The Halloween candy isn't gone yet, the Thanksgiving feast is showing up on the bathroom scale and we're headlong into the high-caloric holidays-which brings to mind the ongoing talk about "thick" vs. "thin" clients.
First, some basics. When people say "thin client" or "thick client," they're talking about the digital set-top box. This is "client" as in "client-server."
Second, thick versus thin has less to do with physical size than it does with capabilities, or how much processing power, graphics capability and memory resources are available.
Third, "thin versus thick" is really a supplier-inspired way of delineating "now versus next." Thin is now. Thick is next. Because time is relative, what's thick today is thin tomorrow and what's thin today was thick yesterday.
In today's environment, "thin" correlates to Motorola Broadband Communications Sector's "DCT-2000" line, and Scientific-Atlanta Inc.'s "Explorer 2000" line (including all clones). "Thick" describes both manufacturers' more advanced boxes: Motorola's "DCT-5000," and S-A's "6000/8000" series.
Fourth, there will always be the thick and the thin. Six of cable's top-seven operators (Cablevision Systems Corp. excepted) operate services on "thin" boxes to an aggregate 6.8 million U.S. households, as of Sept. 30. They're installing "thin" units at a combined rate of about 114,000 per week.
Always seeking metaphor, I offer this: "Thick versus thin" is like Americans. Generation by generation, we get taller and heavier. Photographs of ancestors show smaller, shorter people; your grandmother's china hardly seems big enough to hold today's ample servings. You order a cup of coffee in another country and embarrass yourself with your surprise at its thimble-like capacity (at which point you know for sure that you are an American).
Ditto for set-tops. Motorola's DCT-1000 was gigantic compared to the various analog units that constituted the set-top landscape in 1995. Those very boxes, now grandfathers to the beefier DCT-5000, seem tiny by functional comparison. And yet, some already view the DCT-5000 as emaciated.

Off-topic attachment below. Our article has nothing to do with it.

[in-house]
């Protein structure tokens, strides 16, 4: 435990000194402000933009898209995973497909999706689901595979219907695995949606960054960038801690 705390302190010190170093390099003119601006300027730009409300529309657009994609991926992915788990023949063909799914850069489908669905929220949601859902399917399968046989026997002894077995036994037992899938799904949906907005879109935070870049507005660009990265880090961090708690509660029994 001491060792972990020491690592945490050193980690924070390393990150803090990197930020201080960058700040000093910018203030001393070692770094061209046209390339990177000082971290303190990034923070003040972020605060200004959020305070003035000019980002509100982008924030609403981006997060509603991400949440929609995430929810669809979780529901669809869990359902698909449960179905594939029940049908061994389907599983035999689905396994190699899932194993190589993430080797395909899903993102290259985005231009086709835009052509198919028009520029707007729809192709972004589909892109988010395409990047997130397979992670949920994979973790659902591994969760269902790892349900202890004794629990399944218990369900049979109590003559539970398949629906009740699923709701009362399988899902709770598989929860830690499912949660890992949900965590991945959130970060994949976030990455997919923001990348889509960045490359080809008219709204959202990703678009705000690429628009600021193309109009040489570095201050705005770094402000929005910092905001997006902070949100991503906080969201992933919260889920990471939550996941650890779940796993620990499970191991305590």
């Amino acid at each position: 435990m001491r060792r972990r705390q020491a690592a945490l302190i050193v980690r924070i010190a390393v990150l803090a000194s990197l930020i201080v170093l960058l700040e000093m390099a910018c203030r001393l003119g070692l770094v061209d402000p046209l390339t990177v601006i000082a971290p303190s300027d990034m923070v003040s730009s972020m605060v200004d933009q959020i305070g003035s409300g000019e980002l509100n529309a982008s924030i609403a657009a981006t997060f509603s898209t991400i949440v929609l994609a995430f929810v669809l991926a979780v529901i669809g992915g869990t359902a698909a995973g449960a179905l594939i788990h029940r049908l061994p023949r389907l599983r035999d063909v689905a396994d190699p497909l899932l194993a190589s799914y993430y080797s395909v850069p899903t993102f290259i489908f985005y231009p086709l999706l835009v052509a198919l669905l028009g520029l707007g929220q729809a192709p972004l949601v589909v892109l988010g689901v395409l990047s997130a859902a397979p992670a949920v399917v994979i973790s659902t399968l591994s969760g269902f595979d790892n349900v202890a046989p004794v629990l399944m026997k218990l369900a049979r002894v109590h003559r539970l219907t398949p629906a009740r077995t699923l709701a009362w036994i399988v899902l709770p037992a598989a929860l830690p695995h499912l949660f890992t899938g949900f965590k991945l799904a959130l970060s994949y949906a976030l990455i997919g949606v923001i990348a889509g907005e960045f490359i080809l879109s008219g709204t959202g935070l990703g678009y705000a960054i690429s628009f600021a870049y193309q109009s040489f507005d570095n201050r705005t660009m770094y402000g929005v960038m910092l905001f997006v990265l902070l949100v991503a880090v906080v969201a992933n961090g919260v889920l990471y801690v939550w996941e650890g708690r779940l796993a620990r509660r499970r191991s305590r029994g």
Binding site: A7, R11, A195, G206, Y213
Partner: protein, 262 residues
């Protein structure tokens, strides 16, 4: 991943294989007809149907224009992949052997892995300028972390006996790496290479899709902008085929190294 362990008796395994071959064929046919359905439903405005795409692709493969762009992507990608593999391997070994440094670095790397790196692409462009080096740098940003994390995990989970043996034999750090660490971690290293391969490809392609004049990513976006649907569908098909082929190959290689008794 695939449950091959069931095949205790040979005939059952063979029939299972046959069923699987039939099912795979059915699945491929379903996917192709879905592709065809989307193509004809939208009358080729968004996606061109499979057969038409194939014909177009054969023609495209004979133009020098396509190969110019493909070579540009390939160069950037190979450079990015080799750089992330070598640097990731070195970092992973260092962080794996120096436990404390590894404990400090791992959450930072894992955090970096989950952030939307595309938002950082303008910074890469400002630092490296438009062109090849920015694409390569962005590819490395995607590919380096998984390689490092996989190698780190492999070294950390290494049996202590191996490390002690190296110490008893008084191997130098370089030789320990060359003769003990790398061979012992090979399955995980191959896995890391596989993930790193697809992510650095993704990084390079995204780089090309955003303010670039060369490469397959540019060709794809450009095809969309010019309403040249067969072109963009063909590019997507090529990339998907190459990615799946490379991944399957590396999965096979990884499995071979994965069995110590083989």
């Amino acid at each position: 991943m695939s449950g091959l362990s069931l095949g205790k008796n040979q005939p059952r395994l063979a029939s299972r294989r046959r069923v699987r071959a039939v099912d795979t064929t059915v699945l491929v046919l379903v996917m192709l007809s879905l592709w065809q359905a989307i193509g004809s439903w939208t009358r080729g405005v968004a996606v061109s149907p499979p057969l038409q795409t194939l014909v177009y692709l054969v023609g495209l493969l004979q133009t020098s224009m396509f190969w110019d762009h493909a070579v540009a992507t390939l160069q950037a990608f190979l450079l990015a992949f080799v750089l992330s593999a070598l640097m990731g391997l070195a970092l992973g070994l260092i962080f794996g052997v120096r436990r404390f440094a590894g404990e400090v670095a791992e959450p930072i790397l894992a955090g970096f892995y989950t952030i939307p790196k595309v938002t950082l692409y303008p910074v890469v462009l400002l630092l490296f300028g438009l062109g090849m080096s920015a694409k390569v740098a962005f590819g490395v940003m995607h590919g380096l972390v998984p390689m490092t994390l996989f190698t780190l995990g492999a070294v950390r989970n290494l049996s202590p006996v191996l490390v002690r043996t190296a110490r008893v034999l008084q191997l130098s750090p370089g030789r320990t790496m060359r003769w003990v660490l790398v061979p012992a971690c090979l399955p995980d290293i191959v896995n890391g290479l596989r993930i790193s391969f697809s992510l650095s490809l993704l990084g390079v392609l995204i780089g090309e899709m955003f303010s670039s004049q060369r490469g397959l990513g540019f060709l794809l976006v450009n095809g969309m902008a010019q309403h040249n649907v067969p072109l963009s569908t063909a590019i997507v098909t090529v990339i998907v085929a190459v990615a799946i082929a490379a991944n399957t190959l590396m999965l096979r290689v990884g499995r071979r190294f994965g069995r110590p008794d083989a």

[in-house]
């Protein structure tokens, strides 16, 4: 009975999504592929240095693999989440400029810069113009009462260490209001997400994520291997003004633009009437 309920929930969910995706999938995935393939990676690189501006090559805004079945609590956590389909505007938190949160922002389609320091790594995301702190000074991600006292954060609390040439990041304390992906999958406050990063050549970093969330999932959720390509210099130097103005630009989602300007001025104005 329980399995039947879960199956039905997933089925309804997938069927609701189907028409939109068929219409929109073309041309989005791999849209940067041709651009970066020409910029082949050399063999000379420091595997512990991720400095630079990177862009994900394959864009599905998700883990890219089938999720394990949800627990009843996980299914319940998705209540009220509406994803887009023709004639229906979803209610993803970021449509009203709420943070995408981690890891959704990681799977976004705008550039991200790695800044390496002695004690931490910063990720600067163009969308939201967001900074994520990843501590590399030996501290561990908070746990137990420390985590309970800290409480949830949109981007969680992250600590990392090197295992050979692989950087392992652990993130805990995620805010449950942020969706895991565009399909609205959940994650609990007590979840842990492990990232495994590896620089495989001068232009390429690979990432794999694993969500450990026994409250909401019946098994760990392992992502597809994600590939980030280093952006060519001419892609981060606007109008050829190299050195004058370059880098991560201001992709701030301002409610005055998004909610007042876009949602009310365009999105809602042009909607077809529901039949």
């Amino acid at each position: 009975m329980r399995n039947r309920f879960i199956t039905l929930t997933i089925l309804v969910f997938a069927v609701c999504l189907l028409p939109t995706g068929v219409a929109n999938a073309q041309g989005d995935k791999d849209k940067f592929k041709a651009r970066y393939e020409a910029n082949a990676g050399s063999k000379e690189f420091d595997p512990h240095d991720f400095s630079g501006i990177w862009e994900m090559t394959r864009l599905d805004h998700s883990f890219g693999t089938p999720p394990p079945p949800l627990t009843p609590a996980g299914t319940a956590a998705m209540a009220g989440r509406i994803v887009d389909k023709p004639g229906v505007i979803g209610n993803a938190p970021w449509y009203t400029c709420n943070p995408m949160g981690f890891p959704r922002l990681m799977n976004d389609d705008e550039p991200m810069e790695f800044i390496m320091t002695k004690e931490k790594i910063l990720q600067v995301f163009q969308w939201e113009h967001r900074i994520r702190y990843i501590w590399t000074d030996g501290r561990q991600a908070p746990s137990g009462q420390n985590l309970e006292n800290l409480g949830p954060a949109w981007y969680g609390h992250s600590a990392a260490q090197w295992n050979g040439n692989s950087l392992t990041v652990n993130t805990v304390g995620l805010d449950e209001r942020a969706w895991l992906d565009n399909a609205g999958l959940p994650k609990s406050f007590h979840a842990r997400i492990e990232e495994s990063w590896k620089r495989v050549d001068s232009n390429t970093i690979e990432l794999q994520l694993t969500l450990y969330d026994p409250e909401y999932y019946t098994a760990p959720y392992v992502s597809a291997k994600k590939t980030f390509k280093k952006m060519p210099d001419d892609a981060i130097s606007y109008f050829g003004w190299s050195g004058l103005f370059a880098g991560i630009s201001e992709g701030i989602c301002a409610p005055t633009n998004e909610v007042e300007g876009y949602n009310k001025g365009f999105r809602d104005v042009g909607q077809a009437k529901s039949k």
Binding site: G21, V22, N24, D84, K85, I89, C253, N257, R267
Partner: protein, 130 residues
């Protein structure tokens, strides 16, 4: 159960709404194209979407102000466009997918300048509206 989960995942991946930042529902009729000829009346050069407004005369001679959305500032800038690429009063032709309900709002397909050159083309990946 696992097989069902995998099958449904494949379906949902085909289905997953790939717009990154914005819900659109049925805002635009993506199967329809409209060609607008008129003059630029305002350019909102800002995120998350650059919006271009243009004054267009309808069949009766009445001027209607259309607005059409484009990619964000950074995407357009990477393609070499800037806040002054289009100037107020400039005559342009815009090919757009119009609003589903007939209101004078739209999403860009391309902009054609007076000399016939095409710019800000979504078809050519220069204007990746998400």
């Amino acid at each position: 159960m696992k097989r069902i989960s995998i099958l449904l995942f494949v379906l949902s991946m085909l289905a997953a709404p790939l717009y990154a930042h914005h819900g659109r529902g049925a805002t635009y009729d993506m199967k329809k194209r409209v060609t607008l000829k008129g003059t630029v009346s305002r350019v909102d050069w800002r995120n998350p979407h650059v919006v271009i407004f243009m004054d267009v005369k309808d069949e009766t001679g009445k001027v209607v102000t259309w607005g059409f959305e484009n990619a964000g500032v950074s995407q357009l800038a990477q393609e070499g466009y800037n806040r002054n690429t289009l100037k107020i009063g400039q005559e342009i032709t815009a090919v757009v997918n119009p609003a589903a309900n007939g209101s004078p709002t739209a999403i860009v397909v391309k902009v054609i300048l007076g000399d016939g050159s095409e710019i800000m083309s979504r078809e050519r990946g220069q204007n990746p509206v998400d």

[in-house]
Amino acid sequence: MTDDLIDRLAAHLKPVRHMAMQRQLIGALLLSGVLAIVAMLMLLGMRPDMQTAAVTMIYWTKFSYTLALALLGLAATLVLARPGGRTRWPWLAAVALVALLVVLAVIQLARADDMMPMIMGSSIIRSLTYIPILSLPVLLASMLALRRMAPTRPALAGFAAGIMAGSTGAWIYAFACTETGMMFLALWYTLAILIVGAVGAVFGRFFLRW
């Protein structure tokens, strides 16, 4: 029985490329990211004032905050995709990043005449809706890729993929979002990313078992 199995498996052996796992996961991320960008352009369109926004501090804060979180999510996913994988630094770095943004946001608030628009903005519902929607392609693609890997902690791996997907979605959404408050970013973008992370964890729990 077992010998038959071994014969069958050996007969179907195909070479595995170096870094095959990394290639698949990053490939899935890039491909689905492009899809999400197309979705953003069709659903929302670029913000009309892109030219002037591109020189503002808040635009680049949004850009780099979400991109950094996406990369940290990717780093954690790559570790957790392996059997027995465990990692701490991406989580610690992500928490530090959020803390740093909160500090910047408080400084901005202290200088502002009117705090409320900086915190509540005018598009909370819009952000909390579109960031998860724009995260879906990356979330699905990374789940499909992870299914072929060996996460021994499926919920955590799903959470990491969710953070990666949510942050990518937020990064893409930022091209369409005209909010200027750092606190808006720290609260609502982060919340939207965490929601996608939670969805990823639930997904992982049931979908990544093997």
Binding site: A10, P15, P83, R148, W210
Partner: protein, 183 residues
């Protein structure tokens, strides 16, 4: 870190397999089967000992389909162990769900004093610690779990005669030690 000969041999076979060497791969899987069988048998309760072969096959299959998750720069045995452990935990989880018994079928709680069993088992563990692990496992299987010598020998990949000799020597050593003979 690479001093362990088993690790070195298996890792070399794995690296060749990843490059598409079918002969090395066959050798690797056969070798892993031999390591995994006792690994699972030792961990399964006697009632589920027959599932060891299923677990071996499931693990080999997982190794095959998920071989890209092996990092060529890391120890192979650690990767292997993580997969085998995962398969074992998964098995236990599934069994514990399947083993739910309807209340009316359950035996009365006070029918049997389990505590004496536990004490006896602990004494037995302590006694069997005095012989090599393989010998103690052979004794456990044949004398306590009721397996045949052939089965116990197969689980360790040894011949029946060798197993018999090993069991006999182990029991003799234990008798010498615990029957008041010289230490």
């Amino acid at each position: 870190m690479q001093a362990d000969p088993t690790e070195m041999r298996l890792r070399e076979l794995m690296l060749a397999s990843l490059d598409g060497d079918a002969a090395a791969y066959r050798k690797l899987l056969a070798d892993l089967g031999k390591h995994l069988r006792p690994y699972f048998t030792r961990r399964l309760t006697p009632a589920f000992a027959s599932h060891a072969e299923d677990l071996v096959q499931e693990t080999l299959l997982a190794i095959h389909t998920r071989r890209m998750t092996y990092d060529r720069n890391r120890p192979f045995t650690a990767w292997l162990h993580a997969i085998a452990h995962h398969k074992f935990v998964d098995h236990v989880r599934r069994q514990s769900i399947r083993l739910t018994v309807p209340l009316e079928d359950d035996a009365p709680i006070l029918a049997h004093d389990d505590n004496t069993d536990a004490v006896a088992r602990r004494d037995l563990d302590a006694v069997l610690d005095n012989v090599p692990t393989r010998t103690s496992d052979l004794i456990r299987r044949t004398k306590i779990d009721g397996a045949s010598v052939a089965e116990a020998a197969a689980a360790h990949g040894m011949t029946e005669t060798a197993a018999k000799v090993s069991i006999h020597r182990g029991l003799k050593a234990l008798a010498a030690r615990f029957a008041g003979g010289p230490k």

Somehow, we've all gotten wrapped up in the debate, while avoiding the steeper slope. Thick versus thin is an issue, but it is not the
issue. Client-server is the issue. That's the new part, and the challenge. It is the sessions between the box and the server that matter, because "thin' is a given.
Think of the "now": the 6.8 million digital boxes deployed by AT&T Broadband, Adelphia Communications, Charter Communications, Comcast Corp., Cox Communications Inc. and Time Warner Cable. They present more channels and a navigational aid.
The channels are compressed with the Moving Picture Expert Group's MPEG-2 standard, imprinted into a quadrature amplitude modulation (QAM) transmission path, broadcast to the box, decompressed and presented to the TV. The guide, in most cases, is a permanent resident in the box. No client-server activities exist, for the most part.
People who say they run on the "now" usually mean they've devised a way to make the box do sessions with their software, which is located elsewhere. Some call this a "virtual channel" environment.
In some cases (think WorldGate Communications Inc., or Ron Pitcock's new venture, Integra5), this means they've made their application behave as though it's an MPEG-2 video channel.
In other cases (think all middleware providers), a built-to-fit software module sits in the box, acting as both interactive storefront and traffic cop to various, remote interactive applications.
The "next" will be video-on-demand (VOD), cable's first major push into session-based interactions. VOD will pave the way for other types of interactive sessions, many of which will be tested throughout the U.S. and Canada next year.
The name of the game is, and will be, establishing how many simultaneous interactive sessions a box can handle. Executives with Scientific-Atlanta visited recently to describe a chart they'd developed using deployed digital set-top numbers.
A blue line shot straight up, starting in March (not coincidentally, that's when Time Warner turned on the digital set-top spigot). Under it was a flatter green line, depicting the number of deployed boxes capable of handling multiple, simultaneous interactive applications. The implication: The green line is about to fork wildly up, in lockstep with the blue line.
Yet a few months back I spoke with a cable engineer who expressed great glee at getting both Wink Communications Inc. and WorldGate to run on a single digital set-top box of the thin variety. This is where we are: two. If it's true that you can never be too thin, then it's a matter of adding more without exhausting the very resources that make you skinny.
Until the thick boxes start rolling in, it's probably wise to examine what you can do with what you already have. Tally up the resources under the hood of the boxes you've already got. Compare it to the services you want to launch. Think sessions. You already are thin, with thick on the way. And once you're thick, you're too thin for the next stuff. If only this worked anatomically.
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